niz Society, Berlin, Germany)                          and the high demand on resolution poses resource
                                                       problems which call for massively parallel
Multiple cyclic forcing and the climate system`s       computation, another surprise at the present stage
internal oscillatory capabilities (or nature), from    of analysis is a clear phase coincidence between
intraseasonal to decadal and longer, may bear          leading modes of both insolation and temperatures
complex, evolving modal structures as found in         since the 70th. The phase of leading 'slow' modes
energy density spectrograms (resp. 'scalograms`)       points to decadal scale cooling ahead (but a con-
throughout the instrumental record. Customary          servative projection is intrinsic to the method). The
methods used to visualize features in the time-fre-    problem of Global Warming is 'preserved', how-
quency plane, including "Short-Time" (windowed)        ever, in second-rank modes of growing signal
Fourier and Wavelet Transforms (STFT, WT), are         energy which should be taken seriously with a view
suited to provide a qualitative view of these evo-     on their next warming phase.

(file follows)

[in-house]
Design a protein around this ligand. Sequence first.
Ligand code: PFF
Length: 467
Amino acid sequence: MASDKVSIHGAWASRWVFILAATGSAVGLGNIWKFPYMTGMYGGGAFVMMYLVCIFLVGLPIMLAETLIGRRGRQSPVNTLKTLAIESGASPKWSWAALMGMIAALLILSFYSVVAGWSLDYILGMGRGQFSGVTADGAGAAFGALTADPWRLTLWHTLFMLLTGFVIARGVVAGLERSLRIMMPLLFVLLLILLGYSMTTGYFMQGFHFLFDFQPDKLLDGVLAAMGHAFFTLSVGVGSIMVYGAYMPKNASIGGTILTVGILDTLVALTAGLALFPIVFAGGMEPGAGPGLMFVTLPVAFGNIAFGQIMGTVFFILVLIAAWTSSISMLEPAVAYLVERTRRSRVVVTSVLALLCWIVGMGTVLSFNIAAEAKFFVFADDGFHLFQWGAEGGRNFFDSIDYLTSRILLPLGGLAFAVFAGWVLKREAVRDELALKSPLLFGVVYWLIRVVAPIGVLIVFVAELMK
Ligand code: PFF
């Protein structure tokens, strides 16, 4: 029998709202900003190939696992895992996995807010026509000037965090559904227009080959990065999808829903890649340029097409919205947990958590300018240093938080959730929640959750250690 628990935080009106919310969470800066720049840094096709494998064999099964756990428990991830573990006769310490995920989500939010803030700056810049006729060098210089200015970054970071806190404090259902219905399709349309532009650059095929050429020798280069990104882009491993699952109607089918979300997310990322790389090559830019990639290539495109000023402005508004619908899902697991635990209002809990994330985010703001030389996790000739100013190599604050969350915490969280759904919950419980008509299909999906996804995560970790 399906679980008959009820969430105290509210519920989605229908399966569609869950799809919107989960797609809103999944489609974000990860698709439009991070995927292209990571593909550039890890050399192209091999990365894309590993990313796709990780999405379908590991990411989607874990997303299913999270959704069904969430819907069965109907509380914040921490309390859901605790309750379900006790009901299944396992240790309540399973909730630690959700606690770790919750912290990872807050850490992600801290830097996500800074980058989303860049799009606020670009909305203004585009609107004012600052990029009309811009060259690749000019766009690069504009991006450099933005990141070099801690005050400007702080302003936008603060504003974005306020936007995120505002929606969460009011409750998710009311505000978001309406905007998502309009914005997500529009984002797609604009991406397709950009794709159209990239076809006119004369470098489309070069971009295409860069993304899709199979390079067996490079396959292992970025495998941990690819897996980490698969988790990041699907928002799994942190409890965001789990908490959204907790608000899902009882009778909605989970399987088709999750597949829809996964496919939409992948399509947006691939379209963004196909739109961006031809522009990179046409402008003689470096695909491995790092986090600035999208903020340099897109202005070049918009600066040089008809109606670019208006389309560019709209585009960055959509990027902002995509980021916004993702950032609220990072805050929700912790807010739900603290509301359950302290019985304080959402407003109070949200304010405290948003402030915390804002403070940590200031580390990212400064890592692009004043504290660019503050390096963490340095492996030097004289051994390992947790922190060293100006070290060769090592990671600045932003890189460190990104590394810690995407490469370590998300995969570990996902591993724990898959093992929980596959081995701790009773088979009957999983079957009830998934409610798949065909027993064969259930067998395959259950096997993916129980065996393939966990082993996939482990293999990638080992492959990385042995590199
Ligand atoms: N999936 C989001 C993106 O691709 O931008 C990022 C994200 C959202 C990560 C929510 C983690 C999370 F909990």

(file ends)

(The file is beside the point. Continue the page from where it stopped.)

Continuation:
lutions. The question arises to what extent such
apparent structural nonstationarities reflect anhar-
monic (maybe anthropogenic) climate drifts and/or      Statistical algorithms for solving inverse
just higher-order cyclostationarity comprising the     problems on predictability of regional climate
frequency domain itself via systematic frequency       Anatoly I. Chavro, Yegor V. Dmitriev (Institute for
modulation (FM). As a basic conception of commu-       Numerical Mathematics RAS, Russia)
nication, FM of a carrier mode might be a principle
at work in climatic signal transmission as well---     New algorithms for solving inverse problems on the
and might even hint at topological constraints (i.e.   restoration of small-scale structure of geophysical
geometrical structures in the back) of the system`s    fields in separate regions by large, space- and time-
phase space trajectories. Recent paleoclimatic         averaged fields are proposed. The algorithms are
studies hint at harmonic FM of Milankovich cycles,     multi-dimensional statistical models for forecasting
and the challenging departure since about the 40th     small-scale structure of most probable anomalies of
from apparent astronomical control of the phase of     geophysical fields in separate regions using space-
the seasonal cycle, as found in temperature records    averaged values of global fields (or low-frequency
of the instrumental period, deserves further clari-    component part of the spectrum), which can be